# Solving an equation for asymptotic dependence of the solution on a coefficient

I have an equation I want to solve, so I entered the following into Mathematica.

(x^(17/6))/(a^(17/6)) - (x^2)/a -1 == 0


where I assume $a>>1$ and $x$ is the unknown. How do I compute the dependence of $x$ on $a$ as $a \rightarrow \infty$.

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It is still not clear what you were expecting Mathematica to do with your equation. Just entering an equation doesn't make any magic happen. In order to help you, we need to have much more detail on what you did and what result you expected. – m_goldberg Feb 7 '13 at 12:39
A remarkably similar question appears at mathematica.stackexchange.com/questions/19047/…. – whuber Feb 7 '13 at 17:11
The question asked at the site given in a previous comment has another nick. If it is not another post of the same person using two nicks, it looks like a homework. In that case we should not answer, should we? I have, however, already given the solution that should be simply translated into the notations used in this post. In particular one should rescale the equation, rename the parameter c=a^(-5/16) and the unknown variable: z=x*a^(6/17). Large a corresponds to small c. Solution at small c is given at mathematica.stackexchange.com/questions/19047... – Alexei Boulbitch Feb 8 '13 at 9:57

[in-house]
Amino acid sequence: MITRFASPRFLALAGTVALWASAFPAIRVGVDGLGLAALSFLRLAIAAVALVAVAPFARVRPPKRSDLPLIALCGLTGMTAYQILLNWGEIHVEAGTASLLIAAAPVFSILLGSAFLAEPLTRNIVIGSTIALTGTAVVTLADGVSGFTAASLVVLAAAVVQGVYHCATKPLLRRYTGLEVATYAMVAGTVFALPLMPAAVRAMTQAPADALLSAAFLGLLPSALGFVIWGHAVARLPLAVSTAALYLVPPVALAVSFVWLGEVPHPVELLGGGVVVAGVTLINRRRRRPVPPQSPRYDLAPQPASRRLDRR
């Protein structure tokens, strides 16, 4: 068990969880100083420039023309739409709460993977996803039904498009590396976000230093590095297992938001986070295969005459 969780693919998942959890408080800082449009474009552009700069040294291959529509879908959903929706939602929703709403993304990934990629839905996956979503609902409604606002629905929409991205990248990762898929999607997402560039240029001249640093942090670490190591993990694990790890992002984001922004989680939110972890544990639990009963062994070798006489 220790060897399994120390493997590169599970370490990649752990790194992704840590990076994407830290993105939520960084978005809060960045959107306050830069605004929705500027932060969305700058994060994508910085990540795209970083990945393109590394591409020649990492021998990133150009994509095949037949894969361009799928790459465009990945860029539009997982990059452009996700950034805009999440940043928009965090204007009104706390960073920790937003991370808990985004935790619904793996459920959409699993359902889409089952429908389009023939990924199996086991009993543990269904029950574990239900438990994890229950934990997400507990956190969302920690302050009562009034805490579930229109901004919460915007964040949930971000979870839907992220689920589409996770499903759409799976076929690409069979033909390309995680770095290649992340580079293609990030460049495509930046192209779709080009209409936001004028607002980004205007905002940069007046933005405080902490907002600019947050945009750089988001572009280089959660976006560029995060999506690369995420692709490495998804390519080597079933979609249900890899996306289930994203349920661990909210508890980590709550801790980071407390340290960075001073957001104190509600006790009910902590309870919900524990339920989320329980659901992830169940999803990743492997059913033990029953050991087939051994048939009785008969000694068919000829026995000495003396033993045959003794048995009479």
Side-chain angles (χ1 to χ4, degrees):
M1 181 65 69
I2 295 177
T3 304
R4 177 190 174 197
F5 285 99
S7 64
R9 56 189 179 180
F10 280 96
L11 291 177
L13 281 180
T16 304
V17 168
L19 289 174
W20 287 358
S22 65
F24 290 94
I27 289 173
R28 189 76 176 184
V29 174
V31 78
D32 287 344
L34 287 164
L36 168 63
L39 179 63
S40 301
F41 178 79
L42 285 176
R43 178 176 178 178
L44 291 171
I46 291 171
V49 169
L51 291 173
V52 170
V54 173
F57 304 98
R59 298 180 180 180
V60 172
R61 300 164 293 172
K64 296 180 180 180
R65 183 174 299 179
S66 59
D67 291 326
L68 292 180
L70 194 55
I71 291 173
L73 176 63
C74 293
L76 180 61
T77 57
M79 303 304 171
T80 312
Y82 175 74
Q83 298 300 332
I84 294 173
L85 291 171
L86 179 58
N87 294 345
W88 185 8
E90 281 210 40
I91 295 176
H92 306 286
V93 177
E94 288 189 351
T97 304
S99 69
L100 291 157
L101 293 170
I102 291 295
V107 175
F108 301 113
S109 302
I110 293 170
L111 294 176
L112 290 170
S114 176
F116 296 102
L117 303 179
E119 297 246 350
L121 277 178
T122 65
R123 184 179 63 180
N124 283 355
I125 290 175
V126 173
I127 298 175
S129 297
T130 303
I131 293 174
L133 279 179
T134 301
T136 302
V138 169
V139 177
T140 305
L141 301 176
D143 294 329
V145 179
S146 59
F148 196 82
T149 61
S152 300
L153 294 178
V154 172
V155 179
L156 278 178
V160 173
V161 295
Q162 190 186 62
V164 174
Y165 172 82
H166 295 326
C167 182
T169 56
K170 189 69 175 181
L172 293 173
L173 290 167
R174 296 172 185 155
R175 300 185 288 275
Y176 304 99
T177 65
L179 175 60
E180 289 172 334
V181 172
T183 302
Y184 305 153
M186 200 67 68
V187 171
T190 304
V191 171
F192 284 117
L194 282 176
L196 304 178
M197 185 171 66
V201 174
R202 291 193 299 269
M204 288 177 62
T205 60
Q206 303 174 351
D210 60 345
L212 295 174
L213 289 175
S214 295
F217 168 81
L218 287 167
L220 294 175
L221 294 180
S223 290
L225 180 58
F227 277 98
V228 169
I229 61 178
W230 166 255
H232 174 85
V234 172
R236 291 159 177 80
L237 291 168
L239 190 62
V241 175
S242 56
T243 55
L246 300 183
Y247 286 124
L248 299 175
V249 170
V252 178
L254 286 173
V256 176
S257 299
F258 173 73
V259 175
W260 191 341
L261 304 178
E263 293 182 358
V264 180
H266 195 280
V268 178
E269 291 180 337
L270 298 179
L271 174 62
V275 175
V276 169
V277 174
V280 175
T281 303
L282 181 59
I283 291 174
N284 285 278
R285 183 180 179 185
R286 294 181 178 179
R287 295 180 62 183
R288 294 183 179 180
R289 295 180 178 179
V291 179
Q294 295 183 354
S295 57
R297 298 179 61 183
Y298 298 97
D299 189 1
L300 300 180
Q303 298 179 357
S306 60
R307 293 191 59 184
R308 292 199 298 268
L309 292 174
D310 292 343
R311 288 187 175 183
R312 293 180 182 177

I should add that in the past (before Mathematica) such simple problems we did by hands, in few seconds. General approach one may find, for instance, in the book Arthur Erdélyi, Asymptotic expansions. New York, N.Y., Dover 1956 or in any other book on the same subject. – Alexei Boulbitch Feb 8 '13 at 10:06

## 1 Answer

Find the first two terms of the expression expanded as a series at a=infinity. Trial and error quickly indicates that expanding to order 2 suffices.

ee = (x^(17/6))/(a^(17/6)) + (x^2)/a - 1;

ser = Normal[Series[ee, {a, Infinity, 2}]]

(* Out[112]= -1 + x^2/a *)


This tells you that x will be approximately sqrt(a). You can check this for plausibility by using FindRoot with a set to 1000, say. The solution is around 31.622, which is fairly close to sqrt(1000).

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